One way to reduce “red eye” in photography is to move the flash away from the lens. The present invention, however, may do the opposite. In one embodiment, camera 114 and infrared light sources 116 are disposed close to each other such that infrared reflection from an eye is increased for detection by camera 114. In addition, illuminator 116 may be located close to display 26.
In another embodiment, numeral 152 refers to a protective window behind which both a camera and the projection system are located. Co-locating the camera and projection system may reduce positioning differences and errors.
A variety of commercially available cameras may be used for camera 114. In a specific embodiment, camera 114 is a model number #EC-PC-CAM as provided by Elyssa Corp of Briarcliff Manor, N.Y. This color camera changes to black and white when light levels drop, and relies on a filter to improve IR sensitivity. A suitable black and white camera with near infrared capability is model number #20K14XUSB as provided by Videologic Imaging of San Diego, Calif. Other cameras may be used.
Multiple cameras 114 may be used. For example, multiple cameras are helpful when the eye tracking system employs a large tracking zone 122. A single camera can typically track head rotation up to −/+30 degrees; multiple cameras increase the permissible viewing angle.
Process flow 300 begins by determining image casting information used to cast an image into the eye of a player interacting with a gaming machine (302). The image casting information refers to the spatial position of a person's eye relative to the gaming machine, or some component thereof. For example, the image casting information may include the location of the eye in a tracking zone (described below) or within a known and steady field-of-view of a camera. Retinal image system 100 relies on knowing the location of the person's eye relative to the gaming machine or projection system. Since the camera and projection system (and most other components on the gaming machine) are fixed, knowing position of the eye relative to one of these components allows the position of the eye relative to the projection system for image casting into the eye from the projection system. As mentioned before, people vary in size, which affects variability in where an image is cast. A tracking zone as described above accounts for such variability.
In addition, people and their eyes tend not to remain still. This dynamic behavior forces the retinal image system to track eye position and responsively change the direction of image projection (see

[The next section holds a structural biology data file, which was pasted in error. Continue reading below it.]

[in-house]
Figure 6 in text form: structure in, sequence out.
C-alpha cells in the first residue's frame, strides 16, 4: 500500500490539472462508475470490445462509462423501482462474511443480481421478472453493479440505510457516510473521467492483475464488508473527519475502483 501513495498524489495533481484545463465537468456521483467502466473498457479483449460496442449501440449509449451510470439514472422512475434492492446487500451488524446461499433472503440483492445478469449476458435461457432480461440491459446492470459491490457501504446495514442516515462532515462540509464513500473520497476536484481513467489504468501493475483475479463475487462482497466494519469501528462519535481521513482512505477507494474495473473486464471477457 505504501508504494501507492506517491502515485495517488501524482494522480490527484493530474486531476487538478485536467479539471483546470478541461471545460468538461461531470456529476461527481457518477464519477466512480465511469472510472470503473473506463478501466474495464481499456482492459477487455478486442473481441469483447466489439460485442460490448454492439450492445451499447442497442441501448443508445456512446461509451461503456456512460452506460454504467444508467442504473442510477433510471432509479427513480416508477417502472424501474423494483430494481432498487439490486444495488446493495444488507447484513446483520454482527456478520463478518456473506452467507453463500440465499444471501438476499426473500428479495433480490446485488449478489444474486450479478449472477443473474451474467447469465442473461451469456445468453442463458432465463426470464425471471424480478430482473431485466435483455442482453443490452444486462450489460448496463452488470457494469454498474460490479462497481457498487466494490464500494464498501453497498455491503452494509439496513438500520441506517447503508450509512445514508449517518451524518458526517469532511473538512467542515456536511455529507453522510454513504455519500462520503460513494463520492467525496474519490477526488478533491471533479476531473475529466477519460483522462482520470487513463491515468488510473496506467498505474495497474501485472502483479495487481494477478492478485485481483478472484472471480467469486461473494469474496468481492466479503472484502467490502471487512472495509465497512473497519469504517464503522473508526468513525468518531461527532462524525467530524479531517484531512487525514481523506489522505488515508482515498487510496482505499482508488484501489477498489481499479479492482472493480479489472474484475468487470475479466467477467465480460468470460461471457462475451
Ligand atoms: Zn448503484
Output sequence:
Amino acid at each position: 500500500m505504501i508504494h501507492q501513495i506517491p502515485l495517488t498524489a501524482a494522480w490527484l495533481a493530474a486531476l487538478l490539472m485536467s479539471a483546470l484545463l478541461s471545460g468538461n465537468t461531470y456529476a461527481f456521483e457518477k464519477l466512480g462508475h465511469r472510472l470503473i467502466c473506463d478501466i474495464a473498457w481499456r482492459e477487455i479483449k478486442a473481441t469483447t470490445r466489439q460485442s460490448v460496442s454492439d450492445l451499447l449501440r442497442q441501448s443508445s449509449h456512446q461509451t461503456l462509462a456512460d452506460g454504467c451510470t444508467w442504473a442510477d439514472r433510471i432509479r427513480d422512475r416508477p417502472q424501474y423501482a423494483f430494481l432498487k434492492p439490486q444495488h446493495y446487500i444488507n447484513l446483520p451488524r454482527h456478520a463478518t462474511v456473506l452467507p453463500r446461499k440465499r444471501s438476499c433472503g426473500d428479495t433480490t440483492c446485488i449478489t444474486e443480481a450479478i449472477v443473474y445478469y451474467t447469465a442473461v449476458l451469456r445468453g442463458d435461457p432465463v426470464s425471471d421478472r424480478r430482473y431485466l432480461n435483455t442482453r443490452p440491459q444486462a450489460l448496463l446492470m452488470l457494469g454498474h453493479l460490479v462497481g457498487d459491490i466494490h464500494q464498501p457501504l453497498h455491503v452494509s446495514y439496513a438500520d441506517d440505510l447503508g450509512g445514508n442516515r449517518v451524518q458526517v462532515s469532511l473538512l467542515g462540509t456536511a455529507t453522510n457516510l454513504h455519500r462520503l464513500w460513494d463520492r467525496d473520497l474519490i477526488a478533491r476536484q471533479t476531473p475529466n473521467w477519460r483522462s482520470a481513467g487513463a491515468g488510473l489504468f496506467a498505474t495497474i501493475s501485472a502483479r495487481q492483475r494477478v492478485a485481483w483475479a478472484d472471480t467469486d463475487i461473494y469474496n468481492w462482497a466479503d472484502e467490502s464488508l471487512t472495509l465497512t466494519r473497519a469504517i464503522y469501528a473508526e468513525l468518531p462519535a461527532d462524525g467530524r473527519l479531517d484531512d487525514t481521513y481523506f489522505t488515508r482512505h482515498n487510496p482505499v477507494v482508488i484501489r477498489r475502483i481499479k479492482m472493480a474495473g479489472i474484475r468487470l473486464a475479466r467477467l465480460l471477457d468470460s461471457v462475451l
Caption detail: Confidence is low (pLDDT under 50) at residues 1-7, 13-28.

Once the image casting information has been determined, retinal image system 100 then projects an image into a person's eye (304 and
Process flow 300 may continuously repeat according to a predetermined refresh rate (306). The refresh rate may include i) a refresh rate of video information provided to the person, or ii) a tracking rate for locating a player's eye. Typically, the refresh rate for process flow 300 is the greater of these two rates. The rate of video alteration may be similar to other forms of video output, such as flat-panel display technologies. For example, video images may be refreshed at a rate of 16, 24 or 32 images per second. Other video image refresh rates may be used with process flow 300.
The tracking rate detects movement of an eye and/or person at a predetermined rate. This maintains a retinal image in an eye despite movement of an eye or person. It is understood that retinal image system 100 may output static video data that does not vary over time, but still implement a tracking refresh rate that compensates for eye movement. Process flow 300 may thus repeat even though the video image cast into the person's eye includes unchanging video information.
The exact refresh rate used may be stored in software, and may change. A retinal image system may increase the refresh rate when a player plays a game to improve tracking and image perception quality, for example.
In one embodiment, each refresh captures a new image of a person positioned near a gaming machine. Each image may then be analyzed for: 1) facial outline, 2) eye region, 3) eye position, 4) iris size and geometry, 5) iris to pupil centers, and 6) pupil to pupil center.
Process flow 310 may begin with detection of a person near a gaming machine. A player often provides definite input when interaction with a gaming machine begins. For example, starting play for a game may include depositing credit, selecting one or more buttons such as deal/draw for a poker game, initiating a spin on a slot game, or other start indicia for other games. In another embodiment, a camera continually captures images of a tracking zone in front of the gaming machine. Motion detection between consecutive images captured by the camera may then be used to detect entrance of a person into the tracking zone. Many motion detection algorithms are suitable for such person recognition. At some point, detection of a person near the gaming machine triggers a host controller included in the gaming machine to send a command to initiate the retinal image system 100. In one embodiment, the controller communicates with a retinal image system controller to begin eye location and tracking.